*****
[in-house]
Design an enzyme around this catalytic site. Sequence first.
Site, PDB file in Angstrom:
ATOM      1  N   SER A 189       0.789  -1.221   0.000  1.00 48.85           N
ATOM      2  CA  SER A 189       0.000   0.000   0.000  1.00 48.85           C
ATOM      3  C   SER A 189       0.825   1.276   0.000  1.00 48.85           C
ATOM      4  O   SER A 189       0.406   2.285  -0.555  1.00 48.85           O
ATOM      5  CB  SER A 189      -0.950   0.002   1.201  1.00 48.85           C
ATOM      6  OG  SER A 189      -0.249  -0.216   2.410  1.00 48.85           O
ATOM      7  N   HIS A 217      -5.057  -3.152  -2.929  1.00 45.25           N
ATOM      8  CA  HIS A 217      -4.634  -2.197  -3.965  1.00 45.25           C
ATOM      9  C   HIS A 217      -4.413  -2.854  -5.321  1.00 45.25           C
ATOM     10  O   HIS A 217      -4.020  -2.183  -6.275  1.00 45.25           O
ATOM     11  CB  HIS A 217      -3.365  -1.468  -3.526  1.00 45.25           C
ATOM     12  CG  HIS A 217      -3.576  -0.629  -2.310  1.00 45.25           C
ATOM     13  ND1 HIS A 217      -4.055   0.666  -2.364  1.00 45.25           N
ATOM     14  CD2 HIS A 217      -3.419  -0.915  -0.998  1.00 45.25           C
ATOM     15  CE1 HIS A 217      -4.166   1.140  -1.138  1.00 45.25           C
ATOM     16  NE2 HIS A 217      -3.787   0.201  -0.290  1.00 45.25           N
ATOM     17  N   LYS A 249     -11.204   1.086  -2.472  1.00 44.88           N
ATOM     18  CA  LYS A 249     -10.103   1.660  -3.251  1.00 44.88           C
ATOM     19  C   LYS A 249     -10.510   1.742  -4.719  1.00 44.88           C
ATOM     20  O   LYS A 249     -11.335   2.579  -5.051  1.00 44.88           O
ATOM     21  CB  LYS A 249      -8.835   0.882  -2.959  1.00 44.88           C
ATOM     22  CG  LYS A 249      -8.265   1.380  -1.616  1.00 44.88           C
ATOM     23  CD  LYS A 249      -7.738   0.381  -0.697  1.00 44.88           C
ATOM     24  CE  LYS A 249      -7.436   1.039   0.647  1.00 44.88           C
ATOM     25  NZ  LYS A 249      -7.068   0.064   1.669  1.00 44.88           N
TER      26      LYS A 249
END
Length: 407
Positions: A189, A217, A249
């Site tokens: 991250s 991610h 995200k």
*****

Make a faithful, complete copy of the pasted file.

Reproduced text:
[in-house]
Design an enzyme around this catalytic site. Sequence first.
Site, PDB file in Angstrom:
ATOM      1  N   SER A 189       0.789  -1.221   0.000  1.00 48.85           N
ATOM      2  CA  SER A 189       0.000   0.000   0.000  1.00 48.85           C
ATOM      3  C   SER A 189       0.825   1.276   0.000  1.00 48.85           C
ATOM      4  O   SER A 189       0.406   2.285  -0.555  1.00 48.85           O
ATOM      5  CB  SER A 189      -0.950   0.002   1.201  1.00 48.85           C
ATOM      6  OG  SER A 189      -0.249  -0.216   2.410  1.00 48.85           O
ATOM      7  N   HIS A 217      -5.057  -3.152  -2.929  1.00 45.25           N
ATOM      8  CA  HIS A 217      -4.634  -2.197  -3.965  1.00 45.25           C
ATOM      9  C   HIS A 217      -4.413  -2.854  -5.321  1.00 45.25           C
ATOM     10  O   HIS A 217      -4.020  -2.183  -6.275  1.00 45.25           O
ATOM     11  CB  HIS A 217      -3.365  -1.468  -3.526  1.00 45.25           C
ATOM     12  CG  HIS A 217      -3.576  -0.629  -2.310  1.00 45.25           C
ATOM     13  ND1 HIS A 217      -4.055   0.666  -2.364  1.00 45.25           N
ATOM     14  CD2 HIS A 217      -3.419  -0.915  -0.998  1.00 45.25           C
ATOM     15  CE1 HIS A 217      -4.166   1.140  -1.138  1.00 45.25           C
ATOM     16  NE2 HIS A 217      -3.787   0.201  -0.290  1.00 45.25           N
ATOM     17  N   LYS A 249     -11.204   1.086  -2.472  1.00 44.88           N
ATOM     18  CA  LYS A 249     -10.103   1.660  -3.251  1.00 44.88           C
ATOM     19  C   LYS A 249     -10.510   1.742  -4.719  1.00 44.88           C
ATOM     20  O   LYS A 249     -11.335   2.579  -5.051  1.00 44.88           O
ATOM     21  CB  LYS A 249      -8.835   0.882  -2.959  1.00 44.88           C
ATOM     22  CG  LYS A 249      -8.265   1.380  -1.616  1.00 44.88           C
ATOM     23  CD  LYS A 249      -7.738   0.381  -0.697  1.00 44.88           C
ATOM     24  CE  LYS A 249      -7.436   1.039   0.647  1.00 44.88           C
ATOM     25  NZ  LYS A 249      -7.068   0.064   1.669  1.00 44.88           N
TER      26      LYS A 249
END
Length: 407
Positions: A189, A217, A249
């Site tokens: 991250s 991610h 995200k």